@Clairvoyant: Sony has good range of smart phones based on Android. In fact I have three of them for my wife, son and daughter and they all work just like other Andoid phone. One only concern for Sony phone is they consume more power. But quality of product is quite good. I am interested in new Sony Xperia JL(?) series 5 inch smart phone.
It is reported that Sony will withdraw from low-end or entry-level smartphone market, focusing more on high-end samrtphone market, said Sony Xperia product manager in a recent interviewee.
Currently, only emphasizing the high-end smartphone market can benefit the beleaguered Sony from decentralization of funds and from avoiding the possible problems that is facing HTC which introduces a variety of products, resulting in no flagship machine.
But from the development trend of current smartphone perspective, this decision of Sony seems wrong and dangerous. According to market research firm IHS, the low end represents the fastest growing segment of the global smart-phone market, with shipments growing from 206 million to 559 million from 2012 to 2016 with a 51% compound annual growth rate (CAGR) from 2011 to 2016, compared to the 12% CAGR expected for high-end smart phones during the same period. IHS expects emerging regions where low-end smart phones have the most appeal to generate the fastest growth among all regions for mobile handsets.
In addition, the shipments of smartphone in China and other emerging regions show the strong attractiveness of mid and low-end smartphones; Intel even declared to march into this segment, therefore withdrawing from this promising field for Sony will undoubtedly lose market shares. From some sense, China market decides the success or failure of handset manufacturers, and mid and low-end smartphone is the mainstream product in China, especially when global economic situation continue to show uncertainty. As a result, consumer's spending poses requirements for paying more attention to low-end market.
In terms of high-end smartphone market, it is almost dominated by Samsung and Apple, so to seize more market shares from these two smartphone giants is difficult for Sony. In 2012, Samsung outpaced Nokia and ranked the first among the smartphone manufactures where the layout in various-level market contributes a lot to its achievement. Facing so strong competitor, a good achievement and large market shares seems possible. In addition, based on recent signs, Apple is projected to come in at middle and low-end smartphone market, so for Sony having forayed into low-end market, forgoing this segment is really right for Sony?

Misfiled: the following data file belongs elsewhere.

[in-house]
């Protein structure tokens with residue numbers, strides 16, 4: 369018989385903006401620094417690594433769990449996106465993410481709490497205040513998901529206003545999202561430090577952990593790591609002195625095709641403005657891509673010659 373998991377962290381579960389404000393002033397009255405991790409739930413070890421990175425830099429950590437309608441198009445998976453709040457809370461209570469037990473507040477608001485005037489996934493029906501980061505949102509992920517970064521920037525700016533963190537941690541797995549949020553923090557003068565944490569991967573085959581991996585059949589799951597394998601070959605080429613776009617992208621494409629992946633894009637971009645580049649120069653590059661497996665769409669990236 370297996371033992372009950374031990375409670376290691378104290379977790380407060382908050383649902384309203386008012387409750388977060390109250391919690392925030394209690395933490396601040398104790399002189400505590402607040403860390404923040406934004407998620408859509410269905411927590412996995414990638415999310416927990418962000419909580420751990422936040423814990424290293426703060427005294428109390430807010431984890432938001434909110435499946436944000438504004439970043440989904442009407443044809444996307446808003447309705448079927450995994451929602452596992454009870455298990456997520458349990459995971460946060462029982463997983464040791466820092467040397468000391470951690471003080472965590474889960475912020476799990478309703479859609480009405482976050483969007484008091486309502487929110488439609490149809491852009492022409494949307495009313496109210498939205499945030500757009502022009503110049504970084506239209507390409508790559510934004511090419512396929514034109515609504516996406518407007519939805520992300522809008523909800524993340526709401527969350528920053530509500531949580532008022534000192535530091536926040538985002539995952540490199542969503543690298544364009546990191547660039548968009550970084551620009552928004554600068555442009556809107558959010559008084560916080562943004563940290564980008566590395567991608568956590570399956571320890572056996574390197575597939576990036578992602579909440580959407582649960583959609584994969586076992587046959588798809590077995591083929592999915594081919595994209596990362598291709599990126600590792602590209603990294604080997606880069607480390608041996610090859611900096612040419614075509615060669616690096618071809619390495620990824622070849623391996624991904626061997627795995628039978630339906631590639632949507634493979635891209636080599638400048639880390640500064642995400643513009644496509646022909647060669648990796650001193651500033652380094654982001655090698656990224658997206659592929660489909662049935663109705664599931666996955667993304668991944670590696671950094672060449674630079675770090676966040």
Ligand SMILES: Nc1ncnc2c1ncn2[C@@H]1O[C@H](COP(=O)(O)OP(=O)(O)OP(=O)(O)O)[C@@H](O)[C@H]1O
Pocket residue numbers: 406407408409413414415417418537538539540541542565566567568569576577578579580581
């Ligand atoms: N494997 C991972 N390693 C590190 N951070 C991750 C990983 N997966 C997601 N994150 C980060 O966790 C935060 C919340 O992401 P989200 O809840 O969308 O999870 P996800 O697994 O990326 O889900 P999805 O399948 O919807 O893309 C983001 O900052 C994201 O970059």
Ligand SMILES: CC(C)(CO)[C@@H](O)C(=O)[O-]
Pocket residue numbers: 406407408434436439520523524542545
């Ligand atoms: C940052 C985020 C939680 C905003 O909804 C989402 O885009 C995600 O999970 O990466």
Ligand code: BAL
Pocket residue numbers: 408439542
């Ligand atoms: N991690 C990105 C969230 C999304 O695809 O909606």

EBN Dialogue enables and encourages you to participate in live chats with notable leaders and luminaries. Not only editors and journalists, but the entire EBN community is able to comment and ask questions. Listed below are upcoming and archived chats.
Thailand Stages a Comeback Join EBN contributor Jennifer Baljko on Thursday August 23, 2012, at 11:00 a.m. EST for a live chat on how electronic manufacturers in Thailand have shored up their supply chain to reduce the impact of future natural disasters.
Microsoft Surface: Potential Winners & Losers What are the implications for the electronics industry supply chain of Microsoft Corp.'s decision to launch its own tablet PC? Join industry veteran and EE Times' systems and OEM expert Rick Merritt on Tuesday, July 3, at 12:00 pm EDT for a Live Chat on this subject.
Join EBN contributor Jennifer Baljko on Thursday August 23, 2012, at 11:00 a.m. EST for a live chat on how electronic manufacturers in Thailand have shored up their supply chain to reduce the impact of future natural disasters.
Peter Drucker famously said "Trying to predict the future is like trying to drive down a country road at night with no lights while looking out the back window." Yet in the razor's-edge world of electronics—with a lean supply chain and just-in-time demands—the need to know the future is vital.
While no one really can accurately predict the future, we can take guidance from another Drucker saying which is the best way to predict the future is to create it.
You've heard the saying "the No. 1 supply chain risk is your people." That hasn't always been the case. But today's complex global supply chain requires a new type of multitalented employee. It's one who understands, finance, marketing, economics, is savvy with technology, graceful with relationships and can think analytically.
Where are these people? Are universities properly preparing the next generation supply chain professionals? How do train your existing workforce for these new, demanding positions?
Brian Fuller, editor-in-chief of EBN, will lead a 60-minute Avnet Velocity panel discussion that will ask and answer these and other questions swirling around today's supply-chain talent challenges.